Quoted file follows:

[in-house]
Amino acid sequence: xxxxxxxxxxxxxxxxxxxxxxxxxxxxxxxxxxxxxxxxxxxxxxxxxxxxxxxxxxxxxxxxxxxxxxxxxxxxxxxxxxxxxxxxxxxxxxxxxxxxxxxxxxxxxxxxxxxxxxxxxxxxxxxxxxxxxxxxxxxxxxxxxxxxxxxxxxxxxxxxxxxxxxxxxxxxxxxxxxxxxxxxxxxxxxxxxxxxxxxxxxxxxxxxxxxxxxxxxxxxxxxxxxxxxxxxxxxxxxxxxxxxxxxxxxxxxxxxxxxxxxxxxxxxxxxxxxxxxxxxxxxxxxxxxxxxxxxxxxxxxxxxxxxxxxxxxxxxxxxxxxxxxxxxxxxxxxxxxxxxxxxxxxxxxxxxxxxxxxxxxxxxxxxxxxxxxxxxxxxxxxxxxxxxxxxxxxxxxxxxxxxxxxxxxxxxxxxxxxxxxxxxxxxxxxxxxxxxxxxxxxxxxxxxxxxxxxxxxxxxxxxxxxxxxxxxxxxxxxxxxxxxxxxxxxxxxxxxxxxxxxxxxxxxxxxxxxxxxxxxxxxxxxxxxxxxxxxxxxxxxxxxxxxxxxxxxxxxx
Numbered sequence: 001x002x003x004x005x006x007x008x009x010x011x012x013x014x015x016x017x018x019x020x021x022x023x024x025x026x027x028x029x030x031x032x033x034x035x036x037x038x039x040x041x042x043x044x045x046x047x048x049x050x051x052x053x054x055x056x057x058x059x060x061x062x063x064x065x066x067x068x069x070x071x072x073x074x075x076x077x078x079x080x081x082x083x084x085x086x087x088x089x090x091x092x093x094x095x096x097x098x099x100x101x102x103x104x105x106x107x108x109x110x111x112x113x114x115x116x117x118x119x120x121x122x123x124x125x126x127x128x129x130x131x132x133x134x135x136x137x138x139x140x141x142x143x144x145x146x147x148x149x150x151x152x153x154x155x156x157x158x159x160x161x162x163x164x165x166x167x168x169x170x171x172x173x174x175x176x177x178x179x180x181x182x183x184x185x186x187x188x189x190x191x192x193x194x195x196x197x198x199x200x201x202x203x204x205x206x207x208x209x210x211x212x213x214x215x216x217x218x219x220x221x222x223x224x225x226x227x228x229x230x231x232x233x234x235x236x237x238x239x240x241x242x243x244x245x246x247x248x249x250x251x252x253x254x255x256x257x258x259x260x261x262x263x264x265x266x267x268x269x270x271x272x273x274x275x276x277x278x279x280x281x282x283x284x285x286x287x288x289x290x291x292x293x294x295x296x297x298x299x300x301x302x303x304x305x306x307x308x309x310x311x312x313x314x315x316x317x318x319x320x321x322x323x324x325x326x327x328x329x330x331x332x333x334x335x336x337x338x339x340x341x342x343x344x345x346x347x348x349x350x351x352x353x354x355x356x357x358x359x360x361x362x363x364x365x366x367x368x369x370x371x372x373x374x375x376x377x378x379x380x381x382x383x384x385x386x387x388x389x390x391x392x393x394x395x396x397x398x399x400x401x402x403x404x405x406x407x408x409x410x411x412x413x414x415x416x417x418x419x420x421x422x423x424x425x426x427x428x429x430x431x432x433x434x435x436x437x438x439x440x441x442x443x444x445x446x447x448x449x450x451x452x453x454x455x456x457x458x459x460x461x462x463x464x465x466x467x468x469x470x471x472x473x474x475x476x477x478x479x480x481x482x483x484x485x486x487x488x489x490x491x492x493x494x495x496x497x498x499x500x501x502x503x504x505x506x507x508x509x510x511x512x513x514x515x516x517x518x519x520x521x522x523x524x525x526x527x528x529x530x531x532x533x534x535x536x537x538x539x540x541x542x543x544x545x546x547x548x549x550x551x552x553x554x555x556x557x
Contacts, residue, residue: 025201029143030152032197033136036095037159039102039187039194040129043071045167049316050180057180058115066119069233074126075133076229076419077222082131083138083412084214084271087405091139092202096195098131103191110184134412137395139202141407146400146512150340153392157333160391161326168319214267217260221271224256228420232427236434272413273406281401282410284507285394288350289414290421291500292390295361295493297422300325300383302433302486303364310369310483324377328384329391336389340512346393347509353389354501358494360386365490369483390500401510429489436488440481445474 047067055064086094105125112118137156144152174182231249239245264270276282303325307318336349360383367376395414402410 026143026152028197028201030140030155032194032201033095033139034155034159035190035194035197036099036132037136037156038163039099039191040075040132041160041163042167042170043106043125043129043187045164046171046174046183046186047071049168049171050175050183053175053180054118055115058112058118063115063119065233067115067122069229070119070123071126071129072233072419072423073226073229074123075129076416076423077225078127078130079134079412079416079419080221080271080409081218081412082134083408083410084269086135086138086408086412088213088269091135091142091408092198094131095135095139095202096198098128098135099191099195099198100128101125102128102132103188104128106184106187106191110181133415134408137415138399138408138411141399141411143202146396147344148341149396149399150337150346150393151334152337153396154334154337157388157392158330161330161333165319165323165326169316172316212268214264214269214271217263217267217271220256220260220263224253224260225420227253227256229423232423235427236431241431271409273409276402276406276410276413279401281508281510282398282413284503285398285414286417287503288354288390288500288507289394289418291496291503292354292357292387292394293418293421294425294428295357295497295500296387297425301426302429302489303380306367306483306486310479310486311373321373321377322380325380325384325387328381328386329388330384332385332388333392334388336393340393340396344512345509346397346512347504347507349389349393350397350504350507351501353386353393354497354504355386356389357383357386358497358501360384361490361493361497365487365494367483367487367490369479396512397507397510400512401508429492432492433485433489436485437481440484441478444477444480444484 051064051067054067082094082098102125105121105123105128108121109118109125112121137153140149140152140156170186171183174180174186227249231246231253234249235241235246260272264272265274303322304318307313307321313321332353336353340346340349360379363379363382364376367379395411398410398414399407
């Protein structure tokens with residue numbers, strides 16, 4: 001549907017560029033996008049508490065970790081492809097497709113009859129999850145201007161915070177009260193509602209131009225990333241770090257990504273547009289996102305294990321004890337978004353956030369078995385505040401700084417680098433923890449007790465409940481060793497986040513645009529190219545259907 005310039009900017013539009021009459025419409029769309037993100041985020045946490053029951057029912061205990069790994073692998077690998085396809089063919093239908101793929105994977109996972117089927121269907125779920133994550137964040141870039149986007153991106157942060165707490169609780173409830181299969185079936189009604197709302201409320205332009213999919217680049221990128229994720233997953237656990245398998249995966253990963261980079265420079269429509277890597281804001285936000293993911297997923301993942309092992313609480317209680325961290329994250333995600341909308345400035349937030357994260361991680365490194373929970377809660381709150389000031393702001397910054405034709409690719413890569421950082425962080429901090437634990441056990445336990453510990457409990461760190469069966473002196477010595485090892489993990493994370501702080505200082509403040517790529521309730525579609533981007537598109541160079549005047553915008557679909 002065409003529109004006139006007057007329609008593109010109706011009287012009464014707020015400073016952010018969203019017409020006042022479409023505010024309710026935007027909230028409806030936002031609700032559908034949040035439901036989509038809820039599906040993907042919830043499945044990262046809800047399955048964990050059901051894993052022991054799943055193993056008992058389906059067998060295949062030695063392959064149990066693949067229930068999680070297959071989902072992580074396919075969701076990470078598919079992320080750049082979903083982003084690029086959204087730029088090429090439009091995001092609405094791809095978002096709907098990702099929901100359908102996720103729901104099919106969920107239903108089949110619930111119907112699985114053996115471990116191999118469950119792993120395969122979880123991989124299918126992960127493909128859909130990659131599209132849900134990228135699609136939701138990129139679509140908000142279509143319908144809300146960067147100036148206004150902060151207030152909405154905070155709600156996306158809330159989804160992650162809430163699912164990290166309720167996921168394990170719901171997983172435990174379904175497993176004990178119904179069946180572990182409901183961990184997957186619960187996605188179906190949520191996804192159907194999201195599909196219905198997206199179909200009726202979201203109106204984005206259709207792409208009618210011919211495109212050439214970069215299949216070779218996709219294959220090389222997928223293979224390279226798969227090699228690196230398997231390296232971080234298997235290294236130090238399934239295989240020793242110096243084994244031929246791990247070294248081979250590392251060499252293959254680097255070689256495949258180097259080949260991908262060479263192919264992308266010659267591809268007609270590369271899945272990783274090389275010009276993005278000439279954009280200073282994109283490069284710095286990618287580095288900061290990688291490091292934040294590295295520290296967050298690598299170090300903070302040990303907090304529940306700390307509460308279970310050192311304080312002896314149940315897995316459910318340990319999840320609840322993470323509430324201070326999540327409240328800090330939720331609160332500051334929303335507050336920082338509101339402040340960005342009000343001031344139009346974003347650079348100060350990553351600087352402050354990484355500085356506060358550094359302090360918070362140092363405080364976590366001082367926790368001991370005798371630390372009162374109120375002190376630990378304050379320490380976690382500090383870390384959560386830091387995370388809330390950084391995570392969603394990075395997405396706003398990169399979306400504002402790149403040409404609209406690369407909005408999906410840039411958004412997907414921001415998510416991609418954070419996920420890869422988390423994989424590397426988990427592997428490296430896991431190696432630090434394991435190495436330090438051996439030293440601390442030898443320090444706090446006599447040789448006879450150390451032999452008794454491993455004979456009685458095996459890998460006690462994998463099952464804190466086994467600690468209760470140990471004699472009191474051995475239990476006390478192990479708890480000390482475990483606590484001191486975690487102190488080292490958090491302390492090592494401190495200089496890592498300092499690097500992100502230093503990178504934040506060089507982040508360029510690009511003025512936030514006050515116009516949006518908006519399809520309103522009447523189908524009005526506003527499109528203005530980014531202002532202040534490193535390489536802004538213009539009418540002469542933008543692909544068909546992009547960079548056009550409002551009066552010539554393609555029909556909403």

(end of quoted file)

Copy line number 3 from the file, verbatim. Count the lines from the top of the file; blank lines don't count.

Numbered sequence: 001x002x003x004x005x006x007x008x009x010x011x012x013x014x015x016x017x018x019x020x021x022x023x024x025x026x027x028x029x030x031x032x033x034x035x036x037x038x039x040x041x042x043x044x045x046x047x048x049x050x051x052x053x054x055x056x057x058x059x060x061x062x063x064x065x066x067x068x069x070x071x072x073x074x075x076x077x078x079x080x081x082x083x084x085x086x087x088x089x090x091x092x093x094x095x096x097x098x099x100x101x102x103x104x105x106x107x108x109x110x111x112x113x114x115x116x117x118x119x120x121x122x123x124x125x126x127x128x129x130x131x132x133x134x135x136x137x138x139x140x141x142x143x144x145x146x147x148x149x150x151x152x153x154x155x156x157x158x159x160x161x162x163x164x165x166x167x168x169x170x171x172x173x174x175x176x177x178x179x180x181x182x183x184x185x186x187x188x189x190x191x192x193x194x195x196x197x198x199x200x201x202x203x204x205x206x207x208x209x210x211x212x213x214x215x216x217x218x219x220x221x222x223x224x225x226x227x228x229x230x231x232x233x234x235x236x237x238x239x240x241x242x243x244x245x246x247x248x249x250x251x252x253x254x255x256x257x258x259x260x261x262x263x264x265x266x267x268x269x270x271x272x273x274x275x276x277x278x279x280x281x282x283x284x285x286x287x288x289x290x291x292x293x294x295x296x297x298x299x300x301x302x303x304x305x306x307x308x309x310x311x312x313x314x315x316x317x318x319x320x321x322x323x324x325x326x327x328x329x330x331x332x333x334x335x336x337x338x339x340x341x342x343x344x345x346x347x348x349x350x351x352x353x354x355x356x357x358x359x360x361x362x363x364x365x366x367x368x369x370x371x372x373x374x375x376x377x378x379x380x381x382x383x384x385x386x387x388x389x390x391x392x393x394x395x396x397x398x399x400x401x402x403x404x405x406x407x408x409x410x411x412x413x414x415x416x417x418x419x420x421x422x423x424x425x426x427x428x429x430x431x432x433x434x435x436x437x438x439x440x441x442x443x444x445x446x447x448x449x450x451x452x453x454x455x456x457x458x459x460x461x462x463x464x465x466x467x468x469x470x471x472x473x474x475x476x477x478x479x480x481x482x483x484x485x486x487x488x489x490x491x492x493x494x495x496x497x498x499x500x501x502x503x504x505x506x507x508x509x510x511x512x513x514x515x516x517x518x519x520x521x522x523x524x525x526x527x528x529x530x531x532x533x534x535x536x537x538x539x540x541x542x543x544x545x546x547x548x549x550x551x552x553x554x555x556x557x